Why the war will impact your pension
The Russian invasion of Ukraine is unnerving global stock markets, which has a knock-on effect on the value of UK pension pots.
According to Interactive Investor, the global stock market underpins 22.4 million defined contribution workplace, as well as millions more non-workplace personal pensions.
Stock markets around the world plunged when Ukraine was attacked on 24 February, and they have been volatile ever since. Many global companies are affected by the war not just those that sell products and services to the Russian market.
However, the way pensions are invested, usually according to global, multi-asset strategies, is designed to reduce risk through diversification. Fund managers aim to slowly grow the value of a fund in a way that beats inflation over time.
Some pension plans adjust the risk level according to the target retirement date of the pension holder, reducing it as someone nears retirement to mitigate the risk of stock market falls right before retirement.
According to Interactive Investor data, the average value of a self-invested personal pension (SIPP) has fallen by 12% from £221,713 at the end of December 2021 to £202,134 at the end of February, to £196,109 now.
The falls at the start of the year have been a consequence not only of the war, but also the preceding rise in interest rates and the end of quantitative easing, among other factors that turned general sentiment negative from mid-January onwards.
Becky O’Connor, head of pensions and savings at Interactive Investor, said: “The war in Ukraine has consequences for global stock markets, which in turn could affect the value of pension funds.
“For those years away from retirement, this should not be too concerning – they may have decades left for markets to recover enough to restore their pension value to rude health.
“It is more concerning for people who are close to or in retirement. But how consequential it will be for older people depends on a number of factors, including their individual exposure to global equities.
“Some pension holders will be feeling relieved they had reduced the risk of their portfolio to some extent in the run up to retirement. Others may be kicking themselves that they left too much to the ups and downs of equities too close to the date they plan to take an income.”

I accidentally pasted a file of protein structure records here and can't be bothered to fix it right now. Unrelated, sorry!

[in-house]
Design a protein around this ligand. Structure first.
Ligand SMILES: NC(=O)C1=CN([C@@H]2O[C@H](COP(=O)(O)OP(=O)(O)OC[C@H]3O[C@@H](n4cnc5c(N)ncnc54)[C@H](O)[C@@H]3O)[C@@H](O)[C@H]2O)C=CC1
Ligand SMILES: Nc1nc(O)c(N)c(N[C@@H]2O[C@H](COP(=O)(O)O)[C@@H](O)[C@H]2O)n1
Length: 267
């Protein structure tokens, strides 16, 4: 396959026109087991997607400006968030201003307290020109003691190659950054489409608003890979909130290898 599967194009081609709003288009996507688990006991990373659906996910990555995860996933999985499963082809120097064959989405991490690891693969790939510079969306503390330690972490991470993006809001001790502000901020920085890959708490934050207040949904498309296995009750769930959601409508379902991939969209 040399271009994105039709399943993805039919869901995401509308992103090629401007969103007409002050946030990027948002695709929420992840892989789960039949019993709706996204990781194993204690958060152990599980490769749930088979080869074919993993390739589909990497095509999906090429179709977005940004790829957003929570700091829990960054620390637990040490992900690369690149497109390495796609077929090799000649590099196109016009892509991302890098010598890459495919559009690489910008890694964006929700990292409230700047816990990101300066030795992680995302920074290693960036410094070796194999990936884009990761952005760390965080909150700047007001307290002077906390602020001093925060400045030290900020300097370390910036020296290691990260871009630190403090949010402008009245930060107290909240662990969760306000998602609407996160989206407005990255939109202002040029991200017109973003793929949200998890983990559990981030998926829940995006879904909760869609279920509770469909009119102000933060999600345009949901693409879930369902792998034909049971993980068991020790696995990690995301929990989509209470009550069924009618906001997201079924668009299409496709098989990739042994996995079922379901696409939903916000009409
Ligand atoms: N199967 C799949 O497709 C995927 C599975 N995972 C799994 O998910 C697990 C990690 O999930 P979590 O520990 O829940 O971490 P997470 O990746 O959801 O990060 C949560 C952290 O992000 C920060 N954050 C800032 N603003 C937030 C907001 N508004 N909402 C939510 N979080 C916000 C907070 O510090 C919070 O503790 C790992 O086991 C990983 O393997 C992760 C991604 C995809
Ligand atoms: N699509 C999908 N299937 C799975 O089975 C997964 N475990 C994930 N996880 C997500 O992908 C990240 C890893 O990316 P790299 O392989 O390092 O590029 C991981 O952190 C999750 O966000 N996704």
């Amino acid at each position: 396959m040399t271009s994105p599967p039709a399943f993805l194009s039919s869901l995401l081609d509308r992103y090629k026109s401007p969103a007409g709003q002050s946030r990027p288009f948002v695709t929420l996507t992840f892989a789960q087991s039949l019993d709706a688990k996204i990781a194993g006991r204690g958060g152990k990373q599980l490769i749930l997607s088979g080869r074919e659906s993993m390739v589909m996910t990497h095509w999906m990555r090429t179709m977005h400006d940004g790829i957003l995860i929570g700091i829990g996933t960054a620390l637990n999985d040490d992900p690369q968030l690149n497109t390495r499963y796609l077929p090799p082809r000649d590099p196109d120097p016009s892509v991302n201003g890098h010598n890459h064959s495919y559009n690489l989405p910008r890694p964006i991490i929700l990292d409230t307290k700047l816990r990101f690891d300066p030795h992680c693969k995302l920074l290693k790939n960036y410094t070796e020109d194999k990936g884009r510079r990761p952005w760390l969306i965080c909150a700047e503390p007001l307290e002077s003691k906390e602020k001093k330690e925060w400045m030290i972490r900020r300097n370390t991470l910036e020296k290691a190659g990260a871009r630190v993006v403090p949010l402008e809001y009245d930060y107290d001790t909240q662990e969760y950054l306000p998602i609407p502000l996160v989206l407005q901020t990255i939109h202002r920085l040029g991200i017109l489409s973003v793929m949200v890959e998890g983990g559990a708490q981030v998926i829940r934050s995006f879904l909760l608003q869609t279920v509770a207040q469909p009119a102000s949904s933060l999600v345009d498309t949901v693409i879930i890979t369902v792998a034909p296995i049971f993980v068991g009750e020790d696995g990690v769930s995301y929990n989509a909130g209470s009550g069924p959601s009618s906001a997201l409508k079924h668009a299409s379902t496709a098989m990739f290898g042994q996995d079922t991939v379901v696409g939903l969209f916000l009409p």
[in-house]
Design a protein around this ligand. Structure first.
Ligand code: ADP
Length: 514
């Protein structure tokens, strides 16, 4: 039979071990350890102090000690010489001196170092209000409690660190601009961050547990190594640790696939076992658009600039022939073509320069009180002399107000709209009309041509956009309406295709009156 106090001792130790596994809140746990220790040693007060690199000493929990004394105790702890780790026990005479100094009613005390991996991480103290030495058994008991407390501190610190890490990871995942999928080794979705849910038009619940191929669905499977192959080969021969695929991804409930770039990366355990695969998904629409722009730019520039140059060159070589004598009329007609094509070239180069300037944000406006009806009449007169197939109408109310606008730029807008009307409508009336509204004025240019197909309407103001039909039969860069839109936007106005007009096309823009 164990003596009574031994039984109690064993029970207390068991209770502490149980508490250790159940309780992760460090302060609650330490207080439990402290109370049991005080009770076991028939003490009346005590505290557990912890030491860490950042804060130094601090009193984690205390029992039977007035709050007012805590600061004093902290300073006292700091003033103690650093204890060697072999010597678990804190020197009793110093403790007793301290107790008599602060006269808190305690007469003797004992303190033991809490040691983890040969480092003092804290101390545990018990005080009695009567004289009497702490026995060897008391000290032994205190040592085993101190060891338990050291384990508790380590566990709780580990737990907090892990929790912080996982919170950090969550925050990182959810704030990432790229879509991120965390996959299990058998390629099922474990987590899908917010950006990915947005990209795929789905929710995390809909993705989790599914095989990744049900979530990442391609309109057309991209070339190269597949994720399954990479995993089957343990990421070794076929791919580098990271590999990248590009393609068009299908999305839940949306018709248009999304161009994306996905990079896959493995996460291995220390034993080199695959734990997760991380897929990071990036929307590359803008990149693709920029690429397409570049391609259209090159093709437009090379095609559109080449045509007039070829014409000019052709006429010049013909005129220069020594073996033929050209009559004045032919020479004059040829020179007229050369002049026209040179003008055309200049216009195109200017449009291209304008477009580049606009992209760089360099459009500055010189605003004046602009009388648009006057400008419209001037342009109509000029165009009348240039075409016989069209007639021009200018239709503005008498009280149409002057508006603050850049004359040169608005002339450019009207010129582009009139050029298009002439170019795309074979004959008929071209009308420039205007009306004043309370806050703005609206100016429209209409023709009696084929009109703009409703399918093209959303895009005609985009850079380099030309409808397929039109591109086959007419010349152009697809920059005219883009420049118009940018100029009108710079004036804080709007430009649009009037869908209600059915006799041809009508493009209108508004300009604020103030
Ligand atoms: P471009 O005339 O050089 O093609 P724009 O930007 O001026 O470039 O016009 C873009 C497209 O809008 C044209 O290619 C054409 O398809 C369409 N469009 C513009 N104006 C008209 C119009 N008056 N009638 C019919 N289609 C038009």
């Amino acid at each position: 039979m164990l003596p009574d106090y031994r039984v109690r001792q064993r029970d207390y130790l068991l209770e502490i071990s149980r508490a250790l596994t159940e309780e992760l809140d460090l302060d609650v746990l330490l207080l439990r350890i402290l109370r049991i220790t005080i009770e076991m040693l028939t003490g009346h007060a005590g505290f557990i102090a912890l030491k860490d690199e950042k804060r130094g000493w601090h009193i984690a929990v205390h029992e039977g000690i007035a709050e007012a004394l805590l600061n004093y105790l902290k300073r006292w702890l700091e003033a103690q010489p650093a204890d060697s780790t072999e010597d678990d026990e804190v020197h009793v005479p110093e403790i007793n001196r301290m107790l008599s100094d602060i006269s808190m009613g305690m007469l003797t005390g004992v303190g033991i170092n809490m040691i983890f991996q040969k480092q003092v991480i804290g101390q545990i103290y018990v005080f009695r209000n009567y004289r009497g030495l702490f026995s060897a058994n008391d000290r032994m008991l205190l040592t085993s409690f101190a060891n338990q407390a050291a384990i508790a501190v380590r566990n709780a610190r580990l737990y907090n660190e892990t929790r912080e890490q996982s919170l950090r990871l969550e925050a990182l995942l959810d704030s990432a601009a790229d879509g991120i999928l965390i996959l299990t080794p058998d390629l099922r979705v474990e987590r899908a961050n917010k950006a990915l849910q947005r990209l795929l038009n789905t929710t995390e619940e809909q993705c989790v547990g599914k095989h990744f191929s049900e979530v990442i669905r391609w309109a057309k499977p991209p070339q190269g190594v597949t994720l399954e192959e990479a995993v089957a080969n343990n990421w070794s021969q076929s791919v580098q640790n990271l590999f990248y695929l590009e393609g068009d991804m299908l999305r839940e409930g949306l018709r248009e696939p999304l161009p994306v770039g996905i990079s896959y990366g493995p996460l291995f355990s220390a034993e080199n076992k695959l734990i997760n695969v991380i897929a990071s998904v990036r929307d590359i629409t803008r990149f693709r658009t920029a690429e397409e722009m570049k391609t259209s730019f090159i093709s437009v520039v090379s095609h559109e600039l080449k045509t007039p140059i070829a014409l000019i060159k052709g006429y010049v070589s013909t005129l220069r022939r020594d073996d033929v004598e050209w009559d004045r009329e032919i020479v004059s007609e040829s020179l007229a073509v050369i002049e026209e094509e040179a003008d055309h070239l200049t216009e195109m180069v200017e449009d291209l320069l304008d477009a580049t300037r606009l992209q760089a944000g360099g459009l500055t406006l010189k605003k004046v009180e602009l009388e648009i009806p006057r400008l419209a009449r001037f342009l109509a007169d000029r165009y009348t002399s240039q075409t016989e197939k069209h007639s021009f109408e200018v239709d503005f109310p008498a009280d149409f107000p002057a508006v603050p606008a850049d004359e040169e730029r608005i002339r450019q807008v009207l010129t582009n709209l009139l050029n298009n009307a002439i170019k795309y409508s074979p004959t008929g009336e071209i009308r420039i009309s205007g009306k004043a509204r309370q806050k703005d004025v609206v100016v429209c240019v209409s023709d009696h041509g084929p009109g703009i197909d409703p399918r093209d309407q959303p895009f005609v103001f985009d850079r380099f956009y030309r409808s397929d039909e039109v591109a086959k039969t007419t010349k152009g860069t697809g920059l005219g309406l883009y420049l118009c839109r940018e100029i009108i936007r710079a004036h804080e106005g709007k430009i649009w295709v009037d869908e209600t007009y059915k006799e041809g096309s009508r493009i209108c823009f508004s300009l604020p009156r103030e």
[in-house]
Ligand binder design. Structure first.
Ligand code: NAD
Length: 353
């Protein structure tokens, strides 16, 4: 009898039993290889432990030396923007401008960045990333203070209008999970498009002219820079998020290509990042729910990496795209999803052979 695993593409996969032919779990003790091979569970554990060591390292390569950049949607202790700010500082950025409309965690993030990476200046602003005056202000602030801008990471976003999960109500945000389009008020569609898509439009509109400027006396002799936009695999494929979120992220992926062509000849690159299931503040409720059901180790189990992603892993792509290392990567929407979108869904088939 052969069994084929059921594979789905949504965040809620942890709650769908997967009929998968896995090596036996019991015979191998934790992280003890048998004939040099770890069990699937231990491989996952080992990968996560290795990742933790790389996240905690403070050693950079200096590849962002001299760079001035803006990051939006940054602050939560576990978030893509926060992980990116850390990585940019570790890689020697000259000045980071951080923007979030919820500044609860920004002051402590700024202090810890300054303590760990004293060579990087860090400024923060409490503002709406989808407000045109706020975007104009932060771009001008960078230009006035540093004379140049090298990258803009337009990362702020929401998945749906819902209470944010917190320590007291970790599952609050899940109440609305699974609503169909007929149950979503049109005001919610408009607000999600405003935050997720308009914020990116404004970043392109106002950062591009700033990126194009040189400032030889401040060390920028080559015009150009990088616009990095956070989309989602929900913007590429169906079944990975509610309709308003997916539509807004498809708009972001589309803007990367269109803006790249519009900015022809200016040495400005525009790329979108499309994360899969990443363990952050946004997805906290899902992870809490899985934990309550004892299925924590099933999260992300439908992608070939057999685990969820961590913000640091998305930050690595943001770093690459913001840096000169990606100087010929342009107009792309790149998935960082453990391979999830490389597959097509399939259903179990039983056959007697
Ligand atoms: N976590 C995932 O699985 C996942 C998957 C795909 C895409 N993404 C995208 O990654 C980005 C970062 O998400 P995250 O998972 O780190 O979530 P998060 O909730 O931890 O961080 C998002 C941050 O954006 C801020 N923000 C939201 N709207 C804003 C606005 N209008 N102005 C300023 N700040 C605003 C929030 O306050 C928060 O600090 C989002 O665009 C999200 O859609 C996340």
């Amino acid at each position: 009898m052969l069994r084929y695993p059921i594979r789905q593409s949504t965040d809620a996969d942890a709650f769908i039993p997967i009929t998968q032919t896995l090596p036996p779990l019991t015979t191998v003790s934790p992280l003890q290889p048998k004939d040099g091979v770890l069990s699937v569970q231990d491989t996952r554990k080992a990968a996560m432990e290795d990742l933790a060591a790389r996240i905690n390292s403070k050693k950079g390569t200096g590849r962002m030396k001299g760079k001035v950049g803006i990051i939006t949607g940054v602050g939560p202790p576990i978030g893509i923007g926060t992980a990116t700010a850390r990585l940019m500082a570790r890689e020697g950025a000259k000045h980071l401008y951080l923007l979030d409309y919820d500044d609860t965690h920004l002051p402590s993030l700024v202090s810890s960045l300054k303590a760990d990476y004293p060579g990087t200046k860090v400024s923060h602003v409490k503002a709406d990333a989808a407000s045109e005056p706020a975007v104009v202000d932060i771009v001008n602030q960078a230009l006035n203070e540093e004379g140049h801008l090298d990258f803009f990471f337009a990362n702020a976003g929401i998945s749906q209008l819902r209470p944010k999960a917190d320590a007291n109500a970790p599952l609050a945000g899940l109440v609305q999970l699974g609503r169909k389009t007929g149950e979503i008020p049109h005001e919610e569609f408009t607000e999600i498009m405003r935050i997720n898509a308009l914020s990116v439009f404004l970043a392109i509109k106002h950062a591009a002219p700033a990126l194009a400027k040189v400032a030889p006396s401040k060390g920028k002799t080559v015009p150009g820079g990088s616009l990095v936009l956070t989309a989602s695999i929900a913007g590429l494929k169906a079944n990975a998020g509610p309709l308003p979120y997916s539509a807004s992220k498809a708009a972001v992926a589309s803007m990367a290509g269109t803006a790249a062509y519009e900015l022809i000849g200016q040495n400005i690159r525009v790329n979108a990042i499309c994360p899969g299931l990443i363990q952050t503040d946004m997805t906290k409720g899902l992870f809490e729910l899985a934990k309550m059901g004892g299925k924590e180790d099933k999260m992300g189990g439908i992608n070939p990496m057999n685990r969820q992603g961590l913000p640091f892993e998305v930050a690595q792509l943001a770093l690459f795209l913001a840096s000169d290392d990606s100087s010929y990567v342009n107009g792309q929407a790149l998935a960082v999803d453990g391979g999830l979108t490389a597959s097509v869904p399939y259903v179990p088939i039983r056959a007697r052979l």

Young people with pensions
The general advice to pension savers is ‘don’t panic’ – selling stocks now will lock in losses. If you don’t need to sell now and can wait to draw an income, you are likely to be rewarded by a recovery in values, when it comes.
The advice not to panic is especially important for younger pension investors, who have started to show signs of becoming more engaged in their pension investments.
O’Connor said: “The rise in interest in pensions among younger workers has come about thanks to a surge in interest in green pensions, as well as the development of technology and apps making it easier to more frequently check in on pension fund values.
“While a higher level of engagement in pensions is a good thing, because it can inspire people to invest more in their pension for later life, the flipside is that for those with little stock market experience, there is a risk of becoming unduly concerned and scared of the impact of markets on their pension pots.”
Should I be worried about my pension?
Whether you should be worried about your pension depends on how close you are to wanting to take an income from your pension. You can access a private pension from age 55 but you won’t get any state pension until age 66, rising to 67.
If you are at or approaching retirement and your pension fund has taken a hit but you don’t need the money yet, you don’t have to take any out. You could leave your money in your pension for as long as possible to allow time for its value to rise again. This could mean working for a bit longer to keep some income coming in, if this is an option for you.
You could also consider whether other assets, either from savings or ISAs, could help tide you over to keep your pension invested for longer.
If you are specifically concerned about exposure to Russia, you can contact your pension fund for a list of its holdings and what its plans are for any Russian holdings.
If you are working and several years away from retirement, there is no need to respond to current market conditions as you have years left to make up for any losses experienced in the first few months of this year.